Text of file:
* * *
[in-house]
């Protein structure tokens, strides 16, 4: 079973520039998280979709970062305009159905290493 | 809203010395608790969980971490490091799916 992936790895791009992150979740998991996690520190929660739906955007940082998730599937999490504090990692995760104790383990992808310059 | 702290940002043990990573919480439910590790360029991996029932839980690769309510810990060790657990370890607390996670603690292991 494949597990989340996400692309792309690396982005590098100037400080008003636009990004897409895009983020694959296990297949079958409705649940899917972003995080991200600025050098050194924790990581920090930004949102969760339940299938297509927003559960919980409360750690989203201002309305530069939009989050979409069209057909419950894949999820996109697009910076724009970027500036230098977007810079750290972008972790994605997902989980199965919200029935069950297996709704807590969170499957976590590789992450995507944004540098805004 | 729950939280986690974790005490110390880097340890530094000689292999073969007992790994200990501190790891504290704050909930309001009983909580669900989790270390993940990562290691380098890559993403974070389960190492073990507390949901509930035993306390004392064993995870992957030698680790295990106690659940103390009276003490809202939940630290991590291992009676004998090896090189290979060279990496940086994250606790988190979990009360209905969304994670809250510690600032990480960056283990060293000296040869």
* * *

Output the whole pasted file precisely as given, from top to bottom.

[in-house]
């Protein structure tokens, strides 16, 4: 079973520039998280979709970062305009159905290493 | 809203010395608790969980971490490091799916 992936790895791009992150979740998991996690520190929660739906955007940082998730599937999490504090990692995760104790383990992808310059 | 702290940002043990990573919480439910590790360029991996029932839980690769309510810990060790657990370890607390996670603690292991 494949597990989340996400692309792309690396982005590098100037400080008003636009990004897409895009983020694959296990297949079958409705649940899917972003995080991200600025050098050194924790990581920090930004949102969760339940299938297509927003559960919980409360750690989203201002309305530069939009989050979409069209057909419950894949999820996109697009910076724009970027500036230098977007810079750290972008972790994605997902989980199965919200029935069950297996709704807590969170499957976590590789992450995507944004540098805004 | 729950939280986690974790005490110390880097340890530094000689292999073969007992790994200990501190790891504290704050909930309001009983909580669900989790270390993940990562290691380098890559993403974070389960190492073990507390949901509930035993306390004392064993995870992957030698680790295990106690659940103390009276003490809202939940630290991590291992009676004998090896090189290979060279990496940086994250606790988190979990009360209905969304994670809250510690600032990480960056283990060293000296040869």